This sinful condition of rebellion (often called original sin) manifested itself quickly and strongly. Genesis 6-9 is the story of Noah and the Great Flood, where God judges the earth for the out-of-control wickedness of humanity. Righteous Noah and his family are on the ark for just over a year, and life is sufficiently preserved for a fresh start. God’s promise to never again flood the earth, as symbolized in the rainbow, brings new hope (Gen. 9:11-17).
The Patriarchs: Abraham to Joseph
The remaining chapters in Genesis cover the period of the patriarchs: Abraham, Isaac, Jacob, and Joseph. God called Abraham and made a covenant (think of a marriage covenant) to bless him such that he would be a blessing to “all the families of the earth” (Gen. 12:2-3). God made a number of covenants, the heart of which may be summarized in the words you find repeated in various forms throughout Scripture, “I will be your God, and you will be my people.” From Genesis 17:7-8 with Abraham, Exodus 6:7 with Moses, Jeremiah 31:33 with the prophet, all the way to Revelation 21:3 with John, this theme is repeated. The phrase is sometimes referred to as the “Immanuel Principle” (Robertson, 1980, p. 46) because it is culminated in Jesus who is called Immanuel–”God with us” (Matt. 1:23)–and ultimately in the new heavens and new earth of Revelation 21 when God and his people are literally dwelling together for eternity.
The Exodus and the Wilderness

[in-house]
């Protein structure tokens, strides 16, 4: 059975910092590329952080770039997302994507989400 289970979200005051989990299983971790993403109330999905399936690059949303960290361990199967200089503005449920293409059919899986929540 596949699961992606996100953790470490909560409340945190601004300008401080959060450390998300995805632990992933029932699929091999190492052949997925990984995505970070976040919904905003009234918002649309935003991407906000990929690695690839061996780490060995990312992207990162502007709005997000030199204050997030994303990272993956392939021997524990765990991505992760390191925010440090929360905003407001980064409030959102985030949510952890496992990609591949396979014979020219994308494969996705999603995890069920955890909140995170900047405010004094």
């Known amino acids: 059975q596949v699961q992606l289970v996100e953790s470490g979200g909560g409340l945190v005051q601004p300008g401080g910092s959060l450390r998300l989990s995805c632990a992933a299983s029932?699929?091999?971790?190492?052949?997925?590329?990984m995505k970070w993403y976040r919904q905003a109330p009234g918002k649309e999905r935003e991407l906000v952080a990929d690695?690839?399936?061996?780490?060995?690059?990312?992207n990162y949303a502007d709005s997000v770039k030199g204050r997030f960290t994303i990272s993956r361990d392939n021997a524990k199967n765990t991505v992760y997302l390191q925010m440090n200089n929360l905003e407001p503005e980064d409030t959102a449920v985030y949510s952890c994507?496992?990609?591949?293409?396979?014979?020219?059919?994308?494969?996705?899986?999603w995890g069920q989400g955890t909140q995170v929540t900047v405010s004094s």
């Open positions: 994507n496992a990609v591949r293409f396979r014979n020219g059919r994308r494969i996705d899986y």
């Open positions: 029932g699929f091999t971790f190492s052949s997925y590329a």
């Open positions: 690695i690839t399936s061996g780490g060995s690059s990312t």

Genesis closes with the Israelites in Egypt, where eventually they became enslaved for over 400 years until God raised up Moses (a type of Christ) to save the people and lead them to the Promised Land. The book of Exodus tells the story of the Israelites’ departure from Egypt and their miraculous crossing of the Red Sea, as well as the receiving of the Ten Commandments (Exod. 20).
The first five books of the Bible are known as the Pentateuch, or Torah, and include the following books: Genesis, Exodus, Leviticus, Numbers, and Deuteronomy. The last four of these include extensive listings of genealogies and explanations of laws, in addition to rich history of the times as the chosen nation of Israel wandered in the wilderness of Sinai and struggled to heed the voice of God. Deuteronomy includes the greatest law, “Hear O Israel, the LORD your God, the LORD is one. And you shall love the LORD with all your heart and with all your soul and with all your might” (Deut. 6:4; Mark 12:29-31). Deuteronomy closes with the death of Moses as the Israelites had finally come to the Jordan River, across from what was the Promised Land.
The Conquest and the Judges
God called Joshua to lead the people of Israel into the land and to conquer and destroy those living there, not merely to provide them with the land, but as a judgment on the wickedness of those nations (Deut. 9:3-6). God promised to be with Joshua and to give him success (Josh. 1:1-9). The land was conquered and God led and protected the people by raising up a series of judges, some of whom were like superheroes (Samson). But it became a very chaotic time as the Israelites cycled from rebellion to repentance and redemption through a judge, only to fall back into sin again. The book of Judges ends with these memorable words, “In those days there was no king in Israel. Everyone did what was right in his own eyes” (Judg. 21:25).